Type of Document Master's Thesis Author Carpenter, Kate URN etd-11012005-083859 Title Effects of Adding Sediment to a Fresh Water Thin Mat Floating Marsh Degree Master of Science (M.S.) Department Oceanography & Coastal Sciences Advisory Committee
Advisor Name Title Charles Sasser Committee Chair Robert Carney Committee Member Ronald DeLaune Committee Member Keywords
- sediment addition
- floating marsh
Date of Defense 2005-09-28 Availability unrestricted AbstractFloating marshes are wetlands of emergent vascular vegetation which have a significant mat of live and dead roots, decomposing and dead organic material, and mineral sediments. This mat moves vertically as ambient water levels rise and fall. These marshes have unique hydrology in that overland sheet flow is reduced or eliminated leaving no inorganic sediment input, but there is extensive belowground water exchange. The effect of significant sediment introduction into wetlands with floating marshes is unknown. The purpose of this study was to observe the marsh mat response to Mississippi River sediment addition and measure species composition change and growth response of vegetation.
Study sites were Cypress Canal in Barataria Basin and Turtle Bayou in Terrebonne Basin, Louisiana, USA. Both are thin-mat floating marshes dominated by Eleocharis baldwinii. At each site, twenty plots were constructed around a boardwalk built on the marsh. Each 1 m2 plot was randomly assigned one of five treatments: low, medium, and high sediment additions, and two controls.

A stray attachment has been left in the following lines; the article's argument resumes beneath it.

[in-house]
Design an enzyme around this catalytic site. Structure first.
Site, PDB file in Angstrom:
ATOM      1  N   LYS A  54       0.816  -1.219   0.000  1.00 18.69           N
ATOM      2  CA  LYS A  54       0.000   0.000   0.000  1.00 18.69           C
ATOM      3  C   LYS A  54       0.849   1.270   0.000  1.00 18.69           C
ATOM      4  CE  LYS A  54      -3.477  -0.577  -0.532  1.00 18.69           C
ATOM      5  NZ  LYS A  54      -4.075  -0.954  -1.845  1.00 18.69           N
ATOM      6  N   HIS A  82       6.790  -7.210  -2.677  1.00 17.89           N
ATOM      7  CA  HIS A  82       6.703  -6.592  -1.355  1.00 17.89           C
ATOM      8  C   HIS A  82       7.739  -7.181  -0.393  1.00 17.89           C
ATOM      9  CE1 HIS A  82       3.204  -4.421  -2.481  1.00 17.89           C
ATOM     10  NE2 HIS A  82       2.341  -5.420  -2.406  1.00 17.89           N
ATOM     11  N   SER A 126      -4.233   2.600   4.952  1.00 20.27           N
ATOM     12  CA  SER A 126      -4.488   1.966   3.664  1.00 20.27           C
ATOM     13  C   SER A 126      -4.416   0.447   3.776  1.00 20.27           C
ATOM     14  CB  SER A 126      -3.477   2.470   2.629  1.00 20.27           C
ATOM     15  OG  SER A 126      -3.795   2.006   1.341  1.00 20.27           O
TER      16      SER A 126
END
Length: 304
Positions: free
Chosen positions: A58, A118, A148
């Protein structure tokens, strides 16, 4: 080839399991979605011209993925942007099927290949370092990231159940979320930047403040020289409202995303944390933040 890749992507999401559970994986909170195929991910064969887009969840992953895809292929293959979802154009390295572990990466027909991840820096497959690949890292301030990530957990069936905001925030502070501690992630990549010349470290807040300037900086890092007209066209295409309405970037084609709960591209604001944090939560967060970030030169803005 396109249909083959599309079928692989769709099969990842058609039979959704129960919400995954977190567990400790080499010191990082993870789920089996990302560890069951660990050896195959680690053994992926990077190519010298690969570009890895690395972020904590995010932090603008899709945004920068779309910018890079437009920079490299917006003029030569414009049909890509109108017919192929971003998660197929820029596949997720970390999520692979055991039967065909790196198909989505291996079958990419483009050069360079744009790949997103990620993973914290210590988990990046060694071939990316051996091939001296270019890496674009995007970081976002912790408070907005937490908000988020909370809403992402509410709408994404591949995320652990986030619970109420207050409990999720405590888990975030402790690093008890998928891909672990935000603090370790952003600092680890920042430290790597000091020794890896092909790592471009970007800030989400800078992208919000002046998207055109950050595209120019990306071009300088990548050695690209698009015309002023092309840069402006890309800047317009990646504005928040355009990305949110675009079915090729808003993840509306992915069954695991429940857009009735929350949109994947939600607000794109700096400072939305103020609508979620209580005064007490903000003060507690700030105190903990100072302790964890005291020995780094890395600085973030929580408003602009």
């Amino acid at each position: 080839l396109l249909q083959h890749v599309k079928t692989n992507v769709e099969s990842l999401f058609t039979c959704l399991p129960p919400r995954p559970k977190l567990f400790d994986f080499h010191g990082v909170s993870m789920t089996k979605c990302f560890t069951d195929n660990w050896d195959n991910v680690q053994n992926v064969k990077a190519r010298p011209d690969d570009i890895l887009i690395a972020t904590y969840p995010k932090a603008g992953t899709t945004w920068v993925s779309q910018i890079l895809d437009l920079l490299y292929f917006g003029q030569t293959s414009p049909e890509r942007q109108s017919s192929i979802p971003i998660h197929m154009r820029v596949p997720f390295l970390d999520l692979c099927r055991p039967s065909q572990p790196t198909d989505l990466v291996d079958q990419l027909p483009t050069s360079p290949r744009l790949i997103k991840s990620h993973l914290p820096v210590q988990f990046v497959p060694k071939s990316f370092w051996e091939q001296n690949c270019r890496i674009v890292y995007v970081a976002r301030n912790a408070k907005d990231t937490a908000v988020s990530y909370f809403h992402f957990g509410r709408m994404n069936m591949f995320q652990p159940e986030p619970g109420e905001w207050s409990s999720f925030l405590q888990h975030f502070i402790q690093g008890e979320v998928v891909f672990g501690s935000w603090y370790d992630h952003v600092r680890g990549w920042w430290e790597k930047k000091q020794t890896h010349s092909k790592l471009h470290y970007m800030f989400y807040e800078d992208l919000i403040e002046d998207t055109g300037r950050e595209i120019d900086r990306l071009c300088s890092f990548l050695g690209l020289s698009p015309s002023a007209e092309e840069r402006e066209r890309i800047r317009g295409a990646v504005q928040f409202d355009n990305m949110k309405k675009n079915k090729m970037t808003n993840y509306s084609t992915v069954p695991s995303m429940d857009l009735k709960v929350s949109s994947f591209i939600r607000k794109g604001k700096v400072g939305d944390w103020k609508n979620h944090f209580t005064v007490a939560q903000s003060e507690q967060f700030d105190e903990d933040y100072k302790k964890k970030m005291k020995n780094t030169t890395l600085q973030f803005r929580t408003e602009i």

With increasing sediment addition, there were significant increases in bulk density and significant decreases in percent organic matter in the top 25 cm of the marsh mat. No significant differences in water level over the mat were found between treatments, indicating that buoyancy was not affected by sediment addition. Vegetation species composition after one growing season was not affected by the addition of sediment to the marsh mat. The number of species present was not affected. Aboveground biomass showed trends of increase with sediment addition, though these trends were not statistically significant. Belowground biomass was not significantly affected by the addition of sediment. Neither plant tissue nutrients nor soil nutrient levels showed much significant change with the addition of sediment to the marsh. Most of the sediment added remained in the top 25 cm of the marsh mat.
Results presented suggest that some addition of sediment to the surface of a fresh water thin-mat floating marsh will not negatively affect the buoyancy of the mat. Increased bulk density facilitates increased vegetative growth, as is found in prior studies. Future data must be collected to determine more definite results.
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